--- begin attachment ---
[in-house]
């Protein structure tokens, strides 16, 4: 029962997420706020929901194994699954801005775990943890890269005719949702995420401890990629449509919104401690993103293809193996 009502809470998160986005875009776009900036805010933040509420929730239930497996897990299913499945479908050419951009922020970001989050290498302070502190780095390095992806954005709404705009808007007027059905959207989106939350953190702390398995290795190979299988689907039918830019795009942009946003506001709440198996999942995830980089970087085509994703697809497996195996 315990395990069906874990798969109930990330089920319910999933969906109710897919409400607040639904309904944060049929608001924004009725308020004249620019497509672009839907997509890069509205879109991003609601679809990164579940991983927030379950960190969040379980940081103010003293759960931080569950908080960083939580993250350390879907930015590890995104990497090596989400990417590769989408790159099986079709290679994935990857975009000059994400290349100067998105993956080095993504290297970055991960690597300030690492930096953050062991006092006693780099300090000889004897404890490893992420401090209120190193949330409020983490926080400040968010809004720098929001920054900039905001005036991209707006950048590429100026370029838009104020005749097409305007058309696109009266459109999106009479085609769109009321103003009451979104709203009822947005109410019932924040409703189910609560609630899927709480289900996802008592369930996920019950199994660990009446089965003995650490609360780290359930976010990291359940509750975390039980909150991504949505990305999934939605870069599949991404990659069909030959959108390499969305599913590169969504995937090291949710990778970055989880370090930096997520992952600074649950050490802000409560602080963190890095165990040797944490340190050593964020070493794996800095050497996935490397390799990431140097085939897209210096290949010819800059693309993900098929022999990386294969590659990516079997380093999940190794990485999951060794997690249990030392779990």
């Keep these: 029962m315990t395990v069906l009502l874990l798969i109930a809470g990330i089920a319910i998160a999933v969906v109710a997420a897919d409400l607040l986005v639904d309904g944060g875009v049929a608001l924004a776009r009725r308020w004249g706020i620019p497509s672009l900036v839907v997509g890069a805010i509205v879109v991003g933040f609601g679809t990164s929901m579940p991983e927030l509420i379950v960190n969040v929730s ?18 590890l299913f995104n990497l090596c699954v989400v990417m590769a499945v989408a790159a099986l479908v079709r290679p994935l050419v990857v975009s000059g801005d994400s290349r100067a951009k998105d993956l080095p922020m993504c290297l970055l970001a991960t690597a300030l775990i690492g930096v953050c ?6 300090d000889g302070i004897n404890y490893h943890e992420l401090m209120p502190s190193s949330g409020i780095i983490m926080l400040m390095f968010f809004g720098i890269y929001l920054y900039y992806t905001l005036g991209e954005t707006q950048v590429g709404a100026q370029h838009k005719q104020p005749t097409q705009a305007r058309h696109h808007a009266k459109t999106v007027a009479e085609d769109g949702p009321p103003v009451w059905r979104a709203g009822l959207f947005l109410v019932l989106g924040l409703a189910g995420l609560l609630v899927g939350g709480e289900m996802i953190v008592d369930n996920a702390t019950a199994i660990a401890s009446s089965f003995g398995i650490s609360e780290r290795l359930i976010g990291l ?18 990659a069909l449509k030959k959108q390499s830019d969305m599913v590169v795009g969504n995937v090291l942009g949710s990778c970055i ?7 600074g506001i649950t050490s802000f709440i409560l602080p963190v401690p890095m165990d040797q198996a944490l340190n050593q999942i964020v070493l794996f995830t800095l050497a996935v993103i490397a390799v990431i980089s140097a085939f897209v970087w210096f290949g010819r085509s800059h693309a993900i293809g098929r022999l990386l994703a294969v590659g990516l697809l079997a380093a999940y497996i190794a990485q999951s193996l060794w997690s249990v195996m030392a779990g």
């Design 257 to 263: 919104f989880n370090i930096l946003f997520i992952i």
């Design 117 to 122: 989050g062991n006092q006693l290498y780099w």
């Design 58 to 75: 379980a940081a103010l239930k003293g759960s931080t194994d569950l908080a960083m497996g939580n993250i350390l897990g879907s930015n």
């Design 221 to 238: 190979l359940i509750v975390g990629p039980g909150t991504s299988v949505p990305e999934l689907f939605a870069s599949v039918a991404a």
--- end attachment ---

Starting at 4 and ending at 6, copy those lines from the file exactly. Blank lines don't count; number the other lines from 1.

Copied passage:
């Design 257 to 263: 919104f989880n370090i930096l946003f997520i992952i």
């Design 117 to 122: 989050g062991n006092q006693l290498y780099w």
């Design 58 to 75: 379980a940081a103010l239930k003293g759960s931080t194994d569950l908080a960083m497996g939580n993250i350390l897990g879907s930015n």